Lets face it. Losing weight is not easy, if it was we would all look like Ryan Reynolds and Mila Kunis. But unfortunately we can’t all be like them, You work hard in the gym all year to look/feel exactly the same, and you are stuck wondering what you are doing wrong.
Your body works in mysterious ways when it comes to losing weight, for example: Stress and/or pain causes Cortisol levels in the body to rise, and Cortisol is your fight or flight response to stress which causes your body to go into panic mode and hold onto any fat that is in your body.
Getting back on topic: Lets look at how your body burns calories in a typical day.
3 numbers come to mind:
What do these numbers have in common? (besides that they equal out 100%). They Correlate with how your body uses calories.
10%: The amount of calories you can burn total from just diet alone (any more and your metabolic rate will drop).
20-30%: The amount of calories you can burn during your daily workout.
60-70%: The amount of calories you burn during your Resting Metabolism (the 23ish hours you aren’t at the gym).
So for lack of a better Picture, this is about how it should look: (I used 25 and 65 for the two because I am lazy)
Pretty Simple Right?
Ok so by this logic, which area of the Chart should we concentrate most of our efforts?
Our Resting Metabolism
That is the time we don’t spend at the gym.
Now onto the better question: How do we give our resting metabolism the greatest boost, so we can burn the most calories and lose the most weight?
I will break down the 5 basic exercise routines in the order of most effective to least effective:
1) Metabolic Resistance Training
2) High Intensity Anaerobic Interval Training
3) High Intensity Aerobic Interval Training
4) High Intensity Steady State Cardio
4) Low Intensity Steady State Cardio
Okay so before you give me that “confused dog look” Let me explain.
(Photo of Eric Cressey’s Dog Tank)
Metabolic Resistance Training: This is your typical Weight Training. Lifting heavy weights, getting a real sweat on, and just being an overall Badass.
High Intensity Anaerobic Interval Training: Anaerobic means without oxygen, so any type of interval training where your muscles do not need oxygen to function. That includes short quick bursts of “work” lasting less than 30(ish) seconds. Examples: 20m sprints, 15 second sprints on the (insert cardio machine), 10 explosive box jumps, etc. Anything that is quick, explosive and leaves you extremely tired very quickly.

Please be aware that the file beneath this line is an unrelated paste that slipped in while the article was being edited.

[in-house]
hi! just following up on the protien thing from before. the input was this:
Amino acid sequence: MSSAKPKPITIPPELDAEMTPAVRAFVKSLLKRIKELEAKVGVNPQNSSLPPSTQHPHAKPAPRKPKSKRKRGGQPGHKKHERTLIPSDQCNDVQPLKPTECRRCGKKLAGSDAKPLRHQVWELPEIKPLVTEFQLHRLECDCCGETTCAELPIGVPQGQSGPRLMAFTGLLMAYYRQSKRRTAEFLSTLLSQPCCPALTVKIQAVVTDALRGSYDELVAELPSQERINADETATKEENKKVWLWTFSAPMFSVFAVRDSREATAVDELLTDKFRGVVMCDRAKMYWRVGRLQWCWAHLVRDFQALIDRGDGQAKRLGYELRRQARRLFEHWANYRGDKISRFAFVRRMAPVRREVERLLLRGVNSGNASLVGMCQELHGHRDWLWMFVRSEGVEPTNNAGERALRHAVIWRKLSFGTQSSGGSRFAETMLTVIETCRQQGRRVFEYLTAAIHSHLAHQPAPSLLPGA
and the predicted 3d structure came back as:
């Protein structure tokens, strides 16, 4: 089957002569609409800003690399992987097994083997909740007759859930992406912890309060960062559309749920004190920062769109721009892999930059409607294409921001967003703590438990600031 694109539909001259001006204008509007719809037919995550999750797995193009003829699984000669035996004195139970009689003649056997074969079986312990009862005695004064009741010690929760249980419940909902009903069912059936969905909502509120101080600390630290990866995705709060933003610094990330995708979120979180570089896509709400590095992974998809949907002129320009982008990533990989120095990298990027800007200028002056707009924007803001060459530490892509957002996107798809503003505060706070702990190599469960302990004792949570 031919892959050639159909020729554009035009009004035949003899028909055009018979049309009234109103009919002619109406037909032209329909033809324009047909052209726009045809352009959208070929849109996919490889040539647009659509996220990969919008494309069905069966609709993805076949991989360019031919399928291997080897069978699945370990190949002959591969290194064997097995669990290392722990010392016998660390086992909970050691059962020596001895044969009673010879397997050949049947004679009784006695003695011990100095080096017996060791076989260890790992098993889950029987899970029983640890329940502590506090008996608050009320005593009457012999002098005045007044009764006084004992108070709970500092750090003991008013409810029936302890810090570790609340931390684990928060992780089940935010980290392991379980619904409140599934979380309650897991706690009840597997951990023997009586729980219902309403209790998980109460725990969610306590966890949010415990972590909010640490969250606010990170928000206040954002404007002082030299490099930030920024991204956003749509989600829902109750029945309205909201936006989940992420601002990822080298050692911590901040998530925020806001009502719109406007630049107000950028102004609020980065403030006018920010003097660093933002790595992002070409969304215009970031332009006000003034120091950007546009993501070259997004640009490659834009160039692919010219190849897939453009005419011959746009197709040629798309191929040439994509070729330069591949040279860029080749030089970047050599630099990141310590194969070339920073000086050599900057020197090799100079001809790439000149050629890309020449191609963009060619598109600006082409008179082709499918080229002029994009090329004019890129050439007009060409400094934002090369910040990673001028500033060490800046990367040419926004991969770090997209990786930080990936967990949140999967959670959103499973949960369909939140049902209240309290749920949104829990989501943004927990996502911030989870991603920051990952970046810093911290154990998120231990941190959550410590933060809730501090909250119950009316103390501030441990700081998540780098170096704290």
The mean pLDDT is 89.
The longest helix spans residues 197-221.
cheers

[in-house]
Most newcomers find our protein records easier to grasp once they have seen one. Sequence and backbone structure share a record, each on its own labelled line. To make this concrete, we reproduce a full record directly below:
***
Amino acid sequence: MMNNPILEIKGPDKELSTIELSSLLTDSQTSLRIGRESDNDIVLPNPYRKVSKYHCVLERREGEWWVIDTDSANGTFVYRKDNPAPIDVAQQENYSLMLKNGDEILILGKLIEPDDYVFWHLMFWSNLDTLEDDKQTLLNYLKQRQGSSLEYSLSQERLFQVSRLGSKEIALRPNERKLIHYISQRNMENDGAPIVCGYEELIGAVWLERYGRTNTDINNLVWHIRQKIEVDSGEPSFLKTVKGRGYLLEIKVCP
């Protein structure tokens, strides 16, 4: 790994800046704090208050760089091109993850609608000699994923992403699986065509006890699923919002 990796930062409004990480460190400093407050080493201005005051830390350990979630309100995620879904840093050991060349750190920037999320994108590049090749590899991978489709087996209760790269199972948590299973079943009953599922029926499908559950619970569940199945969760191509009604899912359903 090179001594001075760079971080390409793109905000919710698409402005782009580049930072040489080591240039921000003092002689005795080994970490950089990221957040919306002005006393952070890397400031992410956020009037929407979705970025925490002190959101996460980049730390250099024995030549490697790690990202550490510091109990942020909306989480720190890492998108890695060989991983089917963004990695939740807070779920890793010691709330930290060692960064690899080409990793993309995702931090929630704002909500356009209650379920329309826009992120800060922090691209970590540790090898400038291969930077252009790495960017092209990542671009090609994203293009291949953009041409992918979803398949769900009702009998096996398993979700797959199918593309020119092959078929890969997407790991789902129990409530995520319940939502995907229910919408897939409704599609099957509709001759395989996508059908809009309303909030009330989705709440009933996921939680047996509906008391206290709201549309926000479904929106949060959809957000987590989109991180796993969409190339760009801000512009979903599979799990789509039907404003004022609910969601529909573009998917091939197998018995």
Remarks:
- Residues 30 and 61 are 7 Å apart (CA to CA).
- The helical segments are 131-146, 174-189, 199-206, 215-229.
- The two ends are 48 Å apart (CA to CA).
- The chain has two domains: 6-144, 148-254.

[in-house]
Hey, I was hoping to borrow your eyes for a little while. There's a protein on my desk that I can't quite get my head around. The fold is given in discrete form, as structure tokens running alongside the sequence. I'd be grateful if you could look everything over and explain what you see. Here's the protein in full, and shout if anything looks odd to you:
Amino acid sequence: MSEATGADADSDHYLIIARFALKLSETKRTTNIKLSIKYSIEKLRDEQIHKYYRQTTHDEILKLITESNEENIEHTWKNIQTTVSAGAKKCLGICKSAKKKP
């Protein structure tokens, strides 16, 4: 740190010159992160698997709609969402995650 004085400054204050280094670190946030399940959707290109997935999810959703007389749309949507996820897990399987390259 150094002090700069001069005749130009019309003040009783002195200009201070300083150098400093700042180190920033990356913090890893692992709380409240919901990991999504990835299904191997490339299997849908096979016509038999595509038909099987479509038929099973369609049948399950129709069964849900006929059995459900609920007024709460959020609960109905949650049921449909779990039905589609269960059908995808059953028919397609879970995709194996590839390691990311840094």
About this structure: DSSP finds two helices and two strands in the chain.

High Intensity Aerobic Interval Training: Aerobic means with oxygen. So this is your typical type of interval training with exercises lasting in the range of 1-2 minutes without rest. Example: Interval of 1 minute running and 1 minute walking on the tredmil, things of that sort.
High Intensity Steady State Cardio: This is what the “above average” person does, we call this person the “Cardio Junkie”. Someone who goes on the elliptical/tredmill/stepper and goes till they can’t go anymore (and are usually dripping puddles afterwards). It basically means working out at a constant pace with your heart rate at or above 85% of your maximum heart rate. Example: the average 40 year old’s max heart rate is 180 BPM (beats per minute), so working at 85% of that would be 153 BPM.
Low Intensity Steady State Cardio: This is the typical “Fat Burning Zone” that is listed on all cardio machines. This person is easy to identify as well, as they are usually just there for the ride. They will be on the machine for an hour easily and barely break a sweat. This type of exercises consists of cardio at the 65-85% of your maximum heart rate.
So Moment of Truth here: Why does Metabolic Resistance Training have the greatest effect on your Resting Metabolism?
The answer is Muscle Recovery Rate.
Metabolic Resistance Training has the highest Muscle Recovery of any other type of exercise. When your muscles are recovering they are consuming calories to recover and therefore increasing your base metabolic rate (the rate at which you burn calories at rest).
The average Muscle Recovery for Cardio is between 60 and 90 minutes. So you are burning extra calories in “recovery mode” for about an hour, then your body is fully recovered.
The average Muscle Recovery for Metabolic Resistance Training is up to 24 Hours (yes you read that correctly).
So say for example you burn an average of 500 calories an hour during your workout (either cardio or resistance training). Your recovery rate for cardio may burn an extra 50-70 calories (rough estimate), while resistance training can yield you an extra 300 (again rough estimate) calorie burn, therefore having the biggest impact on your resting metabolism, which will boost your base metabolic rate, and therefore give you the best chance at losing weight.
So yes you are working out (the first correct step), but the pre-conception that only doing cardio will help you lose weight and if you so much as look at a dumbell you will turn into the Hulk, is absolutely not true. Metabolic Resistance Training will yield you the best results to shedding that unwanted body fat, so get off the Stairmaster, walk to the other side of the gym and lift some heavy weights and really earn those results that you so desperately want.